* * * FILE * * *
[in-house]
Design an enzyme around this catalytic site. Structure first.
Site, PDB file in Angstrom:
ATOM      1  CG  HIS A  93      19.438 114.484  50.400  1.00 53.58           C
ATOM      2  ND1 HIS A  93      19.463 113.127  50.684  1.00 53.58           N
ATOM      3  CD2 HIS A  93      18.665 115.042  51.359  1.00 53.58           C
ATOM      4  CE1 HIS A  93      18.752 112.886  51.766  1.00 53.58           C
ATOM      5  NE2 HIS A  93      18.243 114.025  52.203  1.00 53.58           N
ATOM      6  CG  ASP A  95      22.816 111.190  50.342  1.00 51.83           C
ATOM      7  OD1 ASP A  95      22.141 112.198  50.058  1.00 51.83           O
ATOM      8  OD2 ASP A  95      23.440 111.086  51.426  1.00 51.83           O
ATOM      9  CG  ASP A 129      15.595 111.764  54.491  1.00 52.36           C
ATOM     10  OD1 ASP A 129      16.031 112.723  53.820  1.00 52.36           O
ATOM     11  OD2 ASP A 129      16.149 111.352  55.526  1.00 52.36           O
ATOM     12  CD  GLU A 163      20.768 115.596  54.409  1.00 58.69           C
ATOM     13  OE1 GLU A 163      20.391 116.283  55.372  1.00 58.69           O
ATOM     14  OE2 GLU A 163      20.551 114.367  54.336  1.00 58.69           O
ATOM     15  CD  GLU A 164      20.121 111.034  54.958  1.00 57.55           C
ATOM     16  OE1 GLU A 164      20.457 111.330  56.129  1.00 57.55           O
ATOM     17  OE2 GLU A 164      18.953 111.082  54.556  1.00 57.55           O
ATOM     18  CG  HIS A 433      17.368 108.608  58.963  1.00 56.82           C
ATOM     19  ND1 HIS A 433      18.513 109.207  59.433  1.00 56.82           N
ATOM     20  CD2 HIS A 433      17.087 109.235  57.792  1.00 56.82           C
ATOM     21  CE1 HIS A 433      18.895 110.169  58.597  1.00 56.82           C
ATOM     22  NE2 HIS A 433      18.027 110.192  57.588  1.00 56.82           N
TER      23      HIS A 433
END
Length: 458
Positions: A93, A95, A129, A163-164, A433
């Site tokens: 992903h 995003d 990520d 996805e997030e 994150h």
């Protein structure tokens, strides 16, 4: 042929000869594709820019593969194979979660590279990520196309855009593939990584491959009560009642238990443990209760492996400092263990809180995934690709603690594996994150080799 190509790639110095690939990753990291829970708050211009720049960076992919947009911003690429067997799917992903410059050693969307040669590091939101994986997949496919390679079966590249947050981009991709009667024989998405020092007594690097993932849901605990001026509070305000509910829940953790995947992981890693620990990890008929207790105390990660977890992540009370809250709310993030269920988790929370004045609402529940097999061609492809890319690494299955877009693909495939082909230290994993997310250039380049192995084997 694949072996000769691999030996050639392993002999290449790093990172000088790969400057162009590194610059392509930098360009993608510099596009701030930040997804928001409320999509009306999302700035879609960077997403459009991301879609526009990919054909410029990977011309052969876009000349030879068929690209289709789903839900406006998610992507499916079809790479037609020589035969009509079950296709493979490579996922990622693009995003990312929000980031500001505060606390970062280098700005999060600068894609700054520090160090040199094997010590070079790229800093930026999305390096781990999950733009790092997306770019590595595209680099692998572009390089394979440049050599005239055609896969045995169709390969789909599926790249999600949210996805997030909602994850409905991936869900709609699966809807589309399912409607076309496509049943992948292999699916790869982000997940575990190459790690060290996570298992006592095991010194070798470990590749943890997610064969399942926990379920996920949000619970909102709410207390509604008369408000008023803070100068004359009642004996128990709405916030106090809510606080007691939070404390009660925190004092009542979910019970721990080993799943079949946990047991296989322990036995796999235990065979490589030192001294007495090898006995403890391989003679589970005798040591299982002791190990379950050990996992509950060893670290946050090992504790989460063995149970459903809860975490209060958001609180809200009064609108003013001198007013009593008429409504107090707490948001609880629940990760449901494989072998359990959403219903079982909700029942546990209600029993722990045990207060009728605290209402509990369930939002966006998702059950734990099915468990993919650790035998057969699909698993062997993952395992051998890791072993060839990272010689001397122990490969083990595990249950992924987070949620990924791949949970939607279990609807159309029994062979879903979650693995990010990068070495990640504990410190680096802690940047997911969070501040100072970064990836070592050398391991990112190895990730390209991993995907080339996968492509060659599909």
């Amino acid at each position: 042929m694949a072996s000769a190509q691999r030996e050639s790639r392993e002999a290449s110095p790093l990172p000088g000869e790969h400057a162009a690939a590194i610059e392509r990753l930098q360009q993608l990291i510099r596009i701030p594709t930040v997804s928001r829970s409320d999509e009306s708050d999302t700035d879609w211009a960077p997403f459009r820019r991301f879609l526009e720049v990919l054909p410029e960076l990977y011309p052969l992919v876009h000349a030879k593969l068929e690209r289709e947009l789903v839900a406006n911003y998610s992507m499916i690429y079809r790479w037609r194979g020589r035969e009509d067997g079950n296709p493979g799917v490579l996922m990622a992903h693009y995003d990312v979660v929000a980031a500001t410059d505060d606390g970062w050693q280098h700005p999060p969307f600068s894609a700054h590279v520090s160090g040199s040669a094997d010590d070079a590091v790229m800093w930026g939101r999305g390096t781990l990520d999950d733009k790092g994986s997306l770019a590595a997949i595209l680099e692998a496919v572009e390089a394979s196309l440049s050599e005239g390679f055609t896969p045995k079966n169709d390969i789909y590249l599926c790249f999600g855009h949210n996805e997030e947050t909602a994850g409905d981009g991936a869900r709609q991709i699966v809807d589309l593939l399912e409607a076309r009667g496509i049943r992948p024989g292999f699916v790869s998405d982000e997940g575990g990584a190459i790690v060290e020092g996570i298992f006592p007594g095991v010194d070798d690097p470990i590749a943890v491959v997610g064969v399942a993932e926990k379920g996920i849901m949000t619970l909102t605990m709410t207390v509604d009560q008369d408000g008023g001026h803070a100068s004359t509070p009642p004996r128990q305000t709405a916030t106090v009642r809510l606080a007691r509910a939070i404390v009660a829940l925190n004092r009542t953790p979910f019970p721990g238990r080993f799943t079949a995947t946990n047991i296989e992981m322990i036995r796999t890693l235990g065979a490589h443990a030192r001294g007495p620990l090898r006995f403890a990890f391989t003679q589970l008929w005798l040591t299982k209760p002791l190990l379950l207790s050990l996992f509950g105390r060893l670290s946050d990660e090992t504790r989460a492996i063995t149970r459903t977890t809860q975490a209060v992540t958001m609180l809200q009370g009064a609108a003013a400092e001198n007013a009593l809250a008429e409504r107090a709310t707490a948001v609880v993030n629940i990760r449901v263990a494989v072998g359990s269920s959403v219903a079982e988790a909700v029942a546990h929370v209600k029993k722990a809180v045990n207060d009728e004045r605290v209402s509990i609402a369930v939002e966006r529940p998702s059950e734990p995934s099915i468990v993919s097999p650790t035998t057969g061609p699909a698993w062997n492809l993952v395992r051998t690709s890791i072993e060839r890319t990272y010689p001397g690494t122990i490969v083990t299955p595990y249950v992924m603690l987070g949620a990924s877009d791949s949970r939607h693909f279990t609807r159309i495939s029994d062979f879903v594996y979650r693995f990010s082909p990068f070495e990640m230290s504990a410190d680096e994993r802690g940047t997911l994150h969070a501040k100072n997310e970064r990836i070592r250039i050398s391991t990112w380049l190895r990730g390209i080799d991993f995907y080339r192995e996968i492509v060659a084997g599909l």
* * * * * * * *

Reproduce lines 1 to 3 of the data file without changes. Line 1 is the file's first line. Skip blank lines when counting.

[in-house]
Design an enzyme around this catalytic site. Structure first.
Site, PDB file in Angstrom: